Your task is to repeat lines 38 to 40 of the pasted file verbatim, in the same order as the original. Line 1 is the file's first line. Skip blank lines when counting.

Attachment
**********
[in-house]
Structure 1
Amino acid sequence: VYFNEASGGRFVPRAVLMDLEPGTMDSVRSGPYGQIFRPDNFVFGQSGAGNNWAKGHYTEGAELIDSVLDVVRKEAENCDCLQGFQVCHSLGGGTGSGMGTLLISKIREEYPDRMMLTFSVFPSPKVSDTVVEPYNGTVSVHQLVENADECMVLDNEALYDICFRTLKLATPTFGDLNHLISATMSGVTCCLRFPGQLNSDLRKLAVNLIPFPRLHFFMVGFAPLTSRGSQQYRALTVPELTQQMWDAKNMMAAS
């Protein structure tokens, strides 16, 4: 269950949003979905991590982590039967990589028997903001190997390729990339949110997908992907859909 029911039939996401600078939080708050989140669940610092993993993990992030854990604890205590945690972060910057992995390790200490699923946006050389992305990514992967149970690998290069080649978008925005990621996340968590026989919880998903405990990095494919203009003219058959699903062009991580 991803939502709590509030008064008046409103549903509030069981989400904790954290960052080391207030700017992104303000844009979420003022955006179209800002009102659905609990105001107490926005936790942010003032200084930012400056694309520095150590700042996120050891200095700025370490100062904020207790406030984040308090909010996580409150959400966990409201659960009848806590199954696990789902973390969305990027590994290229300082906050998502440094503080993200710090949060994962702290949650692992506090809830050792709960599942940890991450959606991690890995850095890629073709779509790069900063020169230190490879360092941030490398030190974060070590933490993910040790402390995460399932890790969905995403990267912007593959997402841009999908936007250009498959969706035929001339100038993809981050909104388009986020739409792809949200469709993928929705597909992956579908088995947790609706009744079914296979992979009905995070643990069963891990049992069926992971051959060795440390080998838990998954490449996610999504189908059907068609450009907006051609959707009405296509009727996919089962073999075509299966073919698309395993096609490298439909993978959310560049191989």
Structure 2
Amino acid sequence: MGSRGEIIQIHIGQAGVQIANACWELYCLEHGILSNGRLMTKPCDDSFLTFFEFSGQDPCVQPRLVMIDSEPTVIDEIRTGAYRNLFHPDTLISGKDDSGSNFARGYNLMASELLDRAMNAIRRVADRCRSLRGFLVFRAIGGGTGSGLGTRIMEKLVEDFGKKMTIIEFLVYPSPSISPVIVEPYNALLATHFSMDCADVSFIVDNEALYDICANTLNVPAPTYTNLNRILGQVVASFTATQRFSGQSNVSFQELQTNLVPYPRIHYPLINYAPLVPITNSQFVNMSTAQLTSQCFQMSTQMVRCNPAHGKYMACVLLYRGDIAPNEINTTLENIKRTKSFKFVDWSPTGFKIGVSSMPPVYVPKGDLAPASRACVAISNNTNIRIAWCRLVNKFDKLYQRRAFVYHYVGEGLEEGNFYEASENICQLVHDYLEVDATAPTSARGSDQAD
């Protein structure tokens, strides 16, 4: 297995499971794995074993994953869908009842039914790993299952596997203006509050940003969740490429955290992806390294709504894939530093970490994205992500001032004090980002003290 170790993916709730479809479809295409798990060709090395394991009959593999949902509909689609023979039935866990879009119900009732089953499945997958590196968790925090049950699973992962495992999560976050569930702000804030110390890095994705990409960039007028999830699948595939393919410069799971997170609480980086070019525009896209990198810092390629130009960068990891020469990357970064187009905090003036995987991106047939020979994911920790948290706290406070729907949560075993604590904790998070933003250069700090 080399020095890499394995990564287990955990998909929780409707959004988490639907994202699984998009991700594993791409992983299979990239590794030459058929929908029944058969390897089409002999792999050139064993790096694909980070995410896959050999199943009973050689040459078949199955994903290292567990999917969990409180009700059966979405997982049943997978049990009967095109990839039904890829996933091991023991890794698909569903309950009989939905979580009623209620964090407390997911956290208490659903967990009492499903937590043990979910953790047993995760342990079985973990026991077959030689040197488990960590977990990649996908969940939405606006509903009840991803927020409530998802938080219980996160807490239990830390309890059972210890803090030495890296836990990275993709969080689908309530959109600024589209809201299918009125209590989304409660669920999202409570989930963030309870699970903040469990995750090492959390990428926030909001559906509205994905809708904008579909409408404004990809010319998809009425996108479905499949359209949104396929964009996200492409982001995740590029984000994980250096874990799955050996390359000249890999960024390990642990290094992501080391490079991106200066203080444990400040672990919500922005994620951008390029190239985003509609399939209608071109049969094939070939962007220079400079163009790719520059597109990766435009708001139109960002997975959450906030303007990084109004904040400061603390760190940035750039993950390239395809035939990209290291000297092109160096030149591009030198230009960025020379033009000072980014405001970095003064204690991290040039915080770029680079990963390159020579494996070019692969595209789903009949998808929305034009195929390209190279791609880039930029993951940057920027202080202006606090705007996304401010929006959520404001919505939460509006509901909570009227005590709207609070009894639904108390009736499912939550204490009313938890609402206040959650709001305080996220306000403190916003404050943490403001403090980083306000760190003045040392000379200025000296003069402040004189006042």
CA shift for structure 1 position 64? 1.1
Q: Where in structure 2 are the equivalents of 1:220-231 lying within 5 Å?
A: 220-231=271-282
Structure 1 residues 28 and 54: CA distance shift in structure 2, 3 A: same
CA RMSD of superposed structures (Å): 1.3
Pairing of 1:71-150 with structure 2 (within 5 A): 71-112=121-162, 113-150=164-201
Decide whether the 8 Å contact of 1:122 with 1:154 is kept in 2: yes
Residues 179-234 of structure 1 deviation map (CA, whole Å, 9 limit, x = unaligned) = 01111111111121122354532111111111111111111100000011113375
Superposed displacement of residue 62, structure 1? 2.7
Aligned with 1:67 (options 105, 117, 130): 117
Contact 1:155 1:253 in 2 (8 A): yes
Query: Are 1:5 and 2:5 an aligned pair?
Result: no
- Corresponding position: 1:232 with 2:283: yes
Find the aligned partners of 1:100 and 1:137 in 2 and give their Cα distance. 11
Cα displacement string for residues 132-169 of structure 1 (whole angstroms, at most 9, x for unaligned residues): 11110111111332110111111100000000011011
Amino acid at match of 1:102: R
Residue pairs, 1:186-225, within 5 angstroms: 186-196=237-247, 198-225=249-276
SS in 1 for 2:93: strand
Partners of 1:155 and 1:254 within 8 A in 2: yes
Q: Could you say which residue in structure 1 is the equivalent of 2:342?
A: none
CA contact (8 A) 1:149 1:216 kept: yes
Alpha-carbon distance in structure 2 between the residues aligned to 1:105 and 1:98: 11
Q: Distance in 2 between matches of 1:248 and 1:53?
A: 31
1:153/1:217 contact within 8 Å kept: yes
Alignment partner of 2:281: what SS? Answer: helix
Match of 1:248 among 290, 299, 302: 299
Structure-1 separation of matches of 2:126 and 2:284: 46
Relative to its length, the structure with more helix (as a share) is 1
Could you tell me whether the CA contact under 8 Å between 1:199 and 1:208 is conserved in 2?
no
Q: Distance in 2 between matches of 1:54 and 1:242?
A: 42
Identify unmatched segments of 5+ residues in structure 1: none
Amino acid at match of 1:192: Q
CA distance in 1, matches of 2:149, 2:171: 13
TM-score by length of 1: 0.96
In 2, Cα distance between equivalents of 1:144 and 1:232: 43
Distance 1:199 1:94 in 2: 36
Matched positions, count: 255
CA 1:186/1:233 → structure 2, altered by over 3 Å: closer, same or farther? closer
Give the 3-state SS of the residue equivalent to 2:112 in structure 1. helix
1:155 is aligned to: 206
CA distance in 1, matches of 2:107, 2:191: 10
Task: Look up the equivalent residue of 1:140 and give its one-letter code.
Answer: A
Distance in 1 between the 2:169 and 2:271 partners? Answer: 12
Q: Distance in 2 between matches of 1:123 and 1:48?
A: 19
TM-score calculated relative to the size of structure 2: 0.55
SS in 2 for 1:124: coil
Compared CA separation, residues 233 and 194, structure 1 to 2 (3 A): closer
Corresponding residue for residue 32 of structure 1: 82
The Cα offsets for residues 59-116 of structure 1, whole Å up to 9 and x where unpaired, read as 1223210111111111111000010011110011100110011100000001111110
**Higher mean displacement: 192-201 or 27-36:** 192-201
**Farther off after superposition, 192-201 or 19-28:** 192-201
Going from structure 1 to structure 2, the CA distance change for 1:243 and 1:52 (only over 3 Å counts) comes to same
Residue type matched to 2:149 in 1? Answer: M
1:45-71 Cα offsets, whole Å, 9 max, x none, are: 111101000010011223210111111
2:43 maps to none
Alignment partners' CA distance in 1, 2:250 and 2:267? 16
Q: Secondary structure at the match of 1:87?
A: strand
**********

Relative to its length, the structure with more helix (as a share) is 1
Could you tell me whether the CA contact under 8 Å between 1:199 and 1:208 is conserved in 2?
no